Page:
The time is now: Time to ramp up the struggle for Nigerian women workers’ rights

Today marks another epoch in advancing and championing the cause of women’s rights, equality, safety and justice worldwide. This year’s theme, Rural and Urban Activists Transforming Women’s Lives, references past struggles, the progress that has been made, the tenacity of those who have made the achievements possible and the challenges of the future. Women have recorded giant strides and made great advancements in several spheres over the past decade, but significant gender inequality and widespread discrimination still persist in the world of work.

Employment is central to empowering and emancipating women.  Qualitative jobs, positive work environments and good employment conditions are essential for women to self actualize, maximize  potentials, enhance status and contribute to development at all levels. A clear evaluation of the dynamics of the average Nigerian work setting reveals that women workers still have a long way to go in terms of enjoying basic rights and dignity and participating fully as stakeholders. Working women in Nigeria disproportionately and frequently encounter stunted promotion progression, lopsided hiring practices overt discriminatory policies, sexual harassment/violence, working conditions disparities, limited training opportunities, poor employment security and are concentrated mostly in three D jobs.  As a result, Nigeria is losing out on utilizing women’s skills, ideas and expertise.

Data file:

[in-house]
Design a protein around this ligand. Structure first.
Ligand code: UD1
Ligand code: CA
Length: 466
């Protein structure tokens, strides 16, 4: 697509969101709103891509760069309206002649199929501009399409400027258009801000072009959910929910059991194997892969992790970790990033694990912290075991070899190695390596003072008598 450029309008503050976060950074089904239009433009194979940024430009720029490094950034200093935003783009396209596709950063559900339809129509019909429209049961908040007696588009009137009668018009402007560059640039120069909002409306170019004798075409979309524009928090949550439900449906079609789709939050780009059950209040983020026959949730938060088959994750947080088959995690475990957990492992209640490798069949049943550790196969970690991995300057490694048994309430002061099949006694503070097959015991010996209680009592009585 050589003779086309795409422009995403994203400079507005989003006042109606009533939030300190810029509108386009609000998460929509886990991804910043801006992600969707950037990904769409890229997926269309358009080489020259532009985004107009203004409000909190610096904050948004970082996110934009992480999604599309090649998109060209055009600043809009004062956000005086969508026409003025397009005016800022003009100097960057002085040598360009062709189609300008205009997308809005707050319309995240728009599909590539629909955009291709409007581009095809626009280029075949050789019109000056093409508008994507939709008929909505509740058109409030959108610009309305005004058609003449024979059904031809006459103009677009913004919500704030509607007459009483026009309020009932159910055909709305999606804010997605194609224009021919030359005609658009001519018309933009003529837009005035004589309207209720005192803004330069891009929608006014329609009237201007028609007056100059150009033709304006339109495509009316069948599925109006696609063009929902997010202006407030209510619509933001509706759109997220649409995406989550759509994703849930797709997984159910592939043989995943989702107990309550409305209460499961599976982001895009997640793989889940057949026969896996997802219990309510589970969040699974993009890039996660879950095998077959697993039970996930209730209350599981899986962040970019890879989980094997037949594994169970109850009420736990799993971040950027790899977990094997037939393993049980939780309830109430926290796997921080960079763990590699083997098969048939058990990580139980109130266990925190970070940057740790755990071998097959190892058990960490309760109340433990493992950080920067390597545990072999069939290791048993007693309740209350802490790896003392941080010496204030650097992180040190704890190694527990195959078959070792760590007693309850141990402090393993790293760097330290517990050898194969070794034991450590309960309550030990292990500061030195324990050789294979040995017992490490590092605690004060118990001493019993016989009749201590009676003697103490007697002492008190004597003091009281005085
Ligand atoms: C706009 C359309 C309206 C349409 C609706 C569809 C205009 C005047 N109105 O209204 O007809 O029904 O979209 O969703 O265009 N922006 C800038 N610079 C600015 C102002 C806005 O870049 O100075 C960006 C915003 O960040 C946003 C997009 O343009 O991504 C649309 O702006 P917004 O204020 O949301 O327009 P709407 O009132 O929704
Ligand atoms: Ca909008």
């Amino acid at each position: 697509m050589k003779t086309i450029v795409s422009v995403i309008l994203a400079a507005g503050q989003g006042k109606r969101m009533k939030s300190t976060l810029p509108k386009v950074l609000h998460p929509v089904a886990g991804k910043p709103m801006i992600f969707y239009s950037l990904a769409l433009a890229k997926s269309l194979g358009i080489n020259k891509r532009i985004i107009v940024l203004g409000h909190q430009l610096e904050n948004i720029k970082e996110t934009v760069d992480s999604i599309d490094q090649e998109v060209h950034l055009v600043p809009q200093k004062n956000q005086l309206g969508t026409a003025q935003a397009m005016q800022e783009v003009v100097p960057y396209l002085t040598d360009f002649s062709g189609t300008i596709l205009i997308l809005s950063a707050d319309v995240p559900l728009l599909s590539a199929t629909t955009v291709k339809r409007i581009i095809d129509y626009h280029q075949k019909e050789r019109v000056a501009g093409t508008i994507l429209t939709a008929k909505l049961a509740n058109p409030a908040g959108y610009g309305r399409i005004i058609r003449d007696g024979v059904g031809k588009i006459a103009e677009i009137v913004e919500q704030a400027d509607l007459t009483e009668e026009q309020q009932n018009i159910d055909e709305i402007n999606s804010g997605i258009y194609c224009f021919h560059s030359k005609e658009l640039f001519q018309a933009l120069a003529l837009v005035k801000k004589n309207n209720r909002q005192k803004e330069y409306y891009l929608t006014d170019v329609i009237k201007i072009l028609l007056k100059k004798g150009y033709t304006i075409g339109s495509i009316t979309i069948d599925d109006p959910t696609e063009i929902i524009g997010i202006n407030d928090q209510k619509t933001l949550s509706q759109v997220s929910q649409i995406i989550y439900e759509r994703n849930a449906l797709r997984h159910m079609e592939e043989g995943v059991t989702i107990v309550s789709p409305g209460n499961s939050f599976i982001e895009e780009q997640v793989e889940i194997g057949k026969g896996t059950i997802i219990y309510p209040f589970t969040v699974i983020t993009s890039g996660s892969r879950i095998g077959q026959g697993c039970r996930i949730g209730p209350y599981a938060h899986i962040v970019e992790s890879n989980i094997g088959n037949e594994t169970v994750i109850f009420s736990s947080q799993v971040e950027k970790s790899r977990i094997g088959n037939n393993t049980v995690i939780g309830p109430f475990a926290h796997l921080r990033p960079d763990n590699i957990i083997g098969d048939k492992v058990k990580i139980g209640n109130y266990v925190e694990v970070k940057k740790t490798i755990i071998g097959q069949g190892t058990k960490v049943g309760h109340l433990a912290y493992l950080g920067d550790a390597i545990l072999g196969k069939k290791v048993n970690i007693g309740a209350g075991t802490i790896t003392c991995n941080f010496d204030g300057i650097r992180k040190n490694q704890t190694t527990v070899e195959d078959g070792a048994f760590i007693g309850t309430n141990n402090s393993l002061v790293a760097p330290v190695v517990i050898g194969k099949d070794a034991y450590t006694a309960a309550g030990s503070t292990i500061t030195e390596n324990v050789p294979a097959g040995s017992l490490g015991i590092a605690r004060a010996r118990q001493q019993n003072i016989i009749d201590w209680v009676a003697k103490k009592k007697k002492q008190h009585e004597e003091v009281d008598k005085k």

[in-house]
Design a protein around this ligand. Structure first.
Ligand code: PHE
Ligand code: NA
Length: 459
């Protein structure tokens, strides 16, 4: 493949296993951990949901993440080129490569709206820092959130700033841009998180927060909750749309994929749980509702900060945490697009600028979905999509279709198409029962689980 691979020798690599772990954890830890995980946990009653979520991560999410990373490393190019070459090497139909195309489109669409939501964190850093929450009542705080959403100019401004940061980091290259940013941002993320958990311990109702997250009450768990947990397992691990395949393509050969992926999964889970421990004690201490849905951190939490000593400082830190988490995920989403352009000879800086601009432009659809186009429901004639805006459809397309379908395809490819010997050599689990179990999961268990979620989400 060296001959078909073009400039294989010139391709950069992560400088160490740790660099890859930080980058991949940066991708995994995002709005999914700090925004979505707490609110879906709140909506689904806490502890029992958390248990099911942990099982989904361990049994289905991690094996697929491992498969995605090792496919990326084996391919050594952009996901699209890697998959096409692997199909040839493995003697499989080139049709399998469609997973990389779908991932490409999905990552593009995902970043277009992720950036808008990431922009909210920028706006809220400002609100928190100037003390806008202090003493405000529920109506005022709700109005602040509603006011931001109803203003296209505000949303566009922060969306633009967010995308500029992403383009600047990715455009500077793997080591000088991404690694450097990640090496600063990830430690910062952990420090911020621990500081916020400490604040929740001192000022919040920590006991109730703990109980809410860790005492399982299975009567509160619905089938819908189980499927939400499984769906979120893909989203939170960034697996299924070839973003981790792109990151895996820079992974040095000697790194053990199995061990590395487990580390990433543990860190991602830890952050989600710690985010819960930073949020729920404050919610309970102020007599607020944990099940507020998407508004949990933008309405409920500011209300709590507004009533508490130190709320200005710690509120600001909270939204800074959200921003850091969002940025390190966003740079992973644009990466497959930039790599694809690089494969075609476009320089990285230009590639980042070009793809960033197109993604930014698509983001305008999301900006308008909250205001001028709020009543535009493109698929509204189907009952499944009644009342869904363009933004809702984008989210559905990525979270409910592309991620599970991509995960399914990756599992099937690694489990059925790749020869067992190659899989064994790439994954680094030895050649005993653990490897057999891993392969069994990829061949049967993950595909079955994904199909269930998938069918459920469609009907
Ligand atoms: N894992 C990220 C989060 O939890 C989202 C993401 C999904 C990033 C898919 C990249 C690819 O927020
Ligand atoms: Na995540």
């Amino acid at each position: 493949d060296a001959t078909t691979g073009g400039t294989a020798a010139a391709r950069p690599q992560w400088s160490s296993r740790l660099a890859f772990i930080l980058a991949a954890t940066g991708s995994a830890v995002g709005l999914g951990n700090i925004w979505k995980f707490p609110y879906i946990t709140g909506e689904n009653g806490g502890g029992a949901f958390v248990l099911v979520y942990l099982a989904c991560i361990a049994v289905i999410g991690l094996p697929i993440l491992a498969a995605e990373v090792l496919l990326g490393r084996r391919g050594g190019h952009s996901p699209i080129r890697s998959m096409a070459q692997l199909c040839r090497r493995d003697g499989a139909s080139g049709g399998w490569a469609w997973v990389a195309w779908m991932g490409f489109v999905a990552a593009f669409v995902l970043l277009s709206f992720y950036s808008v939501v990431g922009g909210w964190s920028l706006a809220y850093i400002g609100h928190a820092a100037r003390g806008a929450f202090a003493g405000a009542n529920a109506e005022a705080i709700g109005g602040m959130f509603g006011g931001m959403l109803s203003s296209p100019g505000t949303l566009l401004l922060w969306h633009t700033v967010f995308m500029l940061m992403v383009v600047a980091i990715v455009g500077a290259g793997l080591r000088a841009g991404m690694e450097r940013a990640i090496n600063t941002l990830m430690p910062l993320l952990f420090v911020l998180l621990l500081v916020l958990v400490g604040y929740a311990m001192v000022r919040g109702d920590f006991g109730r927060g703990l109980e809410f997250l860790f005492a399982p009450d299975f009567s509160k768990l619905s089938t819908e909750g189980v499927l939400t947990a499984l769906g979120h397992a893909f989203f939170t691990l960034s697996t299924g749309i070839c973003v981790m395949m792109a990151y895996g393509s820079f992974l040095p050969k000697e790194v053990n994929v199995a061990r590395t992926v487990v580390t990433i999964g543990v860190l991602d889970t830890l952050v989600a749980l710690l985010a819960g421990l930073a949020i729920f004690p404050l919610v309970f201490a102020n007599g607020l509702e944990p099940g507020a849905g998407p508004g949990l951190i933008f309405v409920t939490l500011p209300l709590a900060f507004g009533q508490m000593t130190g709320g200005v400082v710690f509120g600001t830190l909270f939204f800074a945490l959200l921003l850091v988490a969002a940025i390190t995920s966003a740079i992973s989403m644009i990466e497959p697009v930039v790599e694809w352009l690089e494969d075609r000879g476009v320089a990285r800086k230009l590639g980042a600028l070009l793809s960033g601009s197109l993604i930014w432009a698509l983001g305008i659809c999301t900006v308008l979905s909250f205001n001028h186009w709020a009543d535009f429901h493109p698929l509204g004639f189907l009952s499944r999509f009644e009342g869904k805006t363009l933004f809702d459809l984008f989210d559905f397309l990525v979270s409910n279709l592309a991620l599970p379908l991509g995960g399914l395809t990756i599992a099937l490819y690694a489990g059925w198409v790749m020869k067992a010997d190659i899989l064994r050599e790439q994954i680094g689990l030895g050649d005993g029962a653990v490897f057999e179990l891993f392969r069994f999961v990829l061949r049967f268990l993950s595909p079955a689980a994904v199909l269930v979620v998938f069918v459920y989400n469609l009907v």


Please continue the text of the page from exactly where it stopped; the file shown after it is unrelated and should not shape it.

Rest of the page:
Women workers face a war on their rights on all fronts. Nigerian Labour laws are outdated and do not contain enough provisions to protect women workers’ rights and address their issues. Weak remedies in these laws enable employers to impugn and assail women workers’ rights. Nigerian trade unions fail to protect women workers’ rights, advance women issues and promote qualitative participation in trade unionism. Nigerian women routinely cater for their children, sick family members, and elderly parents, a mass of unpaid work which they combine with paid work. Meanwhile, the employment policies of majorities of public and private sector establishments in Nigeria fail to take these into consideration.